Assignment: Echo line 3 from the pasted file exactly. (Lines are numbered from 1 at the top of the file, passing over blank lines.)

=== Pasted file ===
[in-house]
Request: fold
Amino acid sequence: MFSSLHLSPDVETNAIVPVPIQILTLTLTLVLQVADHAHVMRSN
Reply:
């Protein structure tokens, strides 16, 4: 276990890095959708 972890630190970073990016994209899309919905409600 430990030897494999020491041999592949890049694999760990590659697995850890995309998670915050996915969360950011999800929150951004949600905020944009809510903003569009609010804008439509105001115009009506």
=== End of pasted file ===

Amino acid sequence: MFSSLHLSPDVETNAIVPVPIQILTLTLTLVLQVADHAHVMRSN